I have another friend from Cleveland (we’ll call him "Jim") who named his dog "King," after LeBron James ("King James"). This was during the height of Cleveland’s love affair with LeBron James – when you couldn’t walk down a street without seeing a few LeBron jerseys (which had not yet been burned in effigy). Obviously all that ended abruptly with "The Decision." But, despite LeBron’s sudden departure from Cleveland, "King" still lives there and remains so-named. As opposed to Joe and I, Jim made a somewhat-fortuitous choice when he opted to use a nickname for his dog, rather than an actual surname. "King" is arguably an appropriate dog’s name separable from the sports figure from which the name was derived. So Jim does not need to be anxious when he calls his dog’s name at the park or checks it in at the vet. But Jim will always know that the talents of his dog’s namesake are currently residing in South Beach. That’s the problem with this Category Three names: you’ll always know.
(4) The "You-got-Lucky," Totally-Disguisable Sports Figure Dog Name
As far as I can tell, there are only a few names that really fit in this category, and they are all animal names. Bear Bryant’s name, for example, would work here (but could also be put into Category Two). The best example is Tiger Woods’s name. If, prior to that fateful Thanksgiving night in 2009, you loved Tiger Woods so much that you named your dog after him, then you got really lucky because "Tiger" is a totally-OK dog name that won’t be immediately attributed to the golfer. This is a limited category of very little potential use-value.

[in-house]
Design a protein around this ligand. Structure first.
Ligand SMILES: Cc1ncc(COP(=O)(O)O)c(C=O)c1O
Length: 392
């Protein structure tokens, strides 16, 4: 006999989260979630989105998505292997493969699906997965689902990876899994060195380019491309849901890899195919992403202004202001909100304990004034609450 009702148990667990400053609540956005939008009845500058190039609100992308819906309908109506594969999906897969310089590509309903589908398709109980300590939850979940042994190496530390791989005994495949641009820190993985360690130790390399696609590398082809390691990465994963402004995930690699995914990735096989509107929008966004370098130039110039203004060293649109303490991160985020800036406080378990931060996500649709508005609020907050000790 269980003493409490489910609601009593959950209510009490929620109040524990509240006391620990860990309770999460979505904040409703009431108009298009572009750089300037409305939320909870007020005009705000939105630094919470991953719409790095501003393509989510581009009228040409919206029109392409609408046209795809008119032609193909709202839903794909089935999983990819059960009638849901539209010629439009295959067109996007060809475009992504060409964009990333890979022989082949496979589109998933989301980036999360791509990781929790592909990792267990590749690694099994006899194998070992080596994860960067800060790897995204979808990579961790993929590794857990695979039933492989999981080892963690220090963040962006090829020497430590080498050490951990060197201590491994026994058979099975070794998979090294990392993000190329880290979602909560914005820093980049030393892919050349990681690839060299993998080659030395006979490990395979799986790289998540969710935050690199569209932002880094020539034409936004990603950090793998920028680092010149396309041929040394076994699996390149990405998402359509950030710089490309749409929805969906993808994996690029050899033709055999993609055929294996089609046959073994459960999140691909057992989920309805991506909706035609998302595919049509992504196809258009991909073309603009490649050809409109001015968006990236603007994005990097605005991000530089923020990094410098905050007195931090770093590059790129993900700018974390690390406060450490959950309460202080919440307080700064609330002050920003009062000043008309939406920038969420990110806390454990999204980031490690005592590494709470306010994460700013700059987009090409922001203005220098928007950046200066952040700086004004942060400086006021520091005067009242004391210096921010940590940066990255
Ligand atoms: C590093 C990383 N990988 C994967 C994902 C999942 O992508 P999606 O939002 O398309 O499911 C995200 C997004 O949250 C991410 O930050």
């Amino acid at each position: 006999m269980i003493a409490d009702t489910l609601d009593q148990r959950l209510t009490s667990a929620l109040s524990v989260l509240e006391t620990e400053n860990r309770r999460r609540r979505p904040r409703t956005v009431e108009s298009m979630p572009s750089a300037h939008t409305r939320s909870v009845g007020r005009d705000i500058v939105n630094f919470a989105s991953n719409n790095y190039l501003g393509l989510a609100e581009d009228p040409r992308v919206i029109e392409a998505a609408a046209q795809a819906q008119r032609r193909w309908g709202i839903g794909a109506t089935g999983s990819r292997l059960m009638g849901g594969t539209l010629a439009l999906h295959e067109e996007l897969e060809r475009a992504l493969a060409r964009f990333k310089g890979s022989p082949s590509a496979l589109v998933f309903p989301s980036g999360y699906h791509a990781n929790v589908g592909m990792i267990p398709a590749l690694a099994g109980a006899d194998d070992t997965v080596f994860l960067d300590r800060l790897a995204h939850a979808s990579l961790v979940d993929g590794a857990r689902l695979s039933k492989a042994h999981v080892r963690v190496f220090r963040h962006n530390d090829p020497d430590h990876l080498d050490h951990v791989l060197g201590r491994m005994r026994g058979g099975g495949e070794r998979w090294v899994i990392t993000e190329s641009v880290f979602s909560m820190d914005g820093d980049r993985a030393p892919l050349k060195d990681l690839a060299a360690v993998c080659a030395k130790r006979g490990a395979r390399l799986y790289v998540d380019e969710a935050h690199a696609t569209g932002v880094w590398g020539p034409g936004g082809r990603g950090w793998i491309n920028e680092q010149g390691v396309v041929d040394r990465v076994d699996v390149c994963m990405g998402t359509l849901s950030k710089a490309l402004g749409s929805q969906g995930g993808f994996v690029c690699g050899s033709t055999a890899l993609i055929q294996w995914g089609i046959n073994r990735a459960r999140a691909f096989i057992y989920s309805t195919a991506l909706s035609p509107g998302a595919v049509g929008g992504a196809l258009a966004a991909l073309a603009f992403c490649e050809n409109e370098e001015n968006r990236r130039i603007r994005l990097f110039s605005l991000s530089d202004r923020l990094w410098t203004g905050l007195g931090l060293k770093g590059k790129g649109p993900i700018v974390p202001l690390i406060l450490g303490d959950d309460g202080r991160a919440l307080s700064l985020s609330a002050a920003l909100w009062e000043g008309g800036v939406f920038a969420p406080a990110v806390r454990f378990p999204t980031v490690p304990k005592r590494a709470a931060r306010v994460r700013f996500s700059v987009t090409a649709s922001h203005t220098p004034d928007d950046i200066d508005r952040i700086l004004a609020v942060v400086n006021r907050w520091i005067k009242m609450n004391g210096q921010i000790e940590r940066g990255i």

(5) The Somewhat-Boring but Risk-Free Sports Figure Dog Name
So what’s the takeaway? If you want to give your dog a sports-related name, name it after something or someone that isn’t going to let you down – give it a name from Category Five. Examples of such names include "Brutus" and "Buckeye." A few years after adopting Tressel, Chelsea and I adopted another dog, which we named "Scarlet." "Scarlet" is a perfect example of a Category Five name; no matter which coach is at the helm or which players are on the field, I’ll always be proud of the scarlet and gray.
. . .
The dog-naming phenomenon is symptomatic of the ever-increasing over-idolization of athletes and coaches in American culture. I’m guilty of it, Joe and Jim are guilty of it, and the many others who named their dogs after sports figures are guilty of it too. But even those of you whose dogs have normal names, or those of you who don’t even have a dog, are likely a little-bit guilty as well. You’ve probably written a pandering or disparaging message to an athlete on Twitter, or spent hours in line waiting for an autograph, or put a giant "Fathead" poster of a player on the wall in your basement. Let’s all keep in mind that sports figures are humans like us. And, as such, they are prone to making the same mistakes that we sometimes make. Like telling a lie, or making a questionable "decision," or naming a dog Tressel.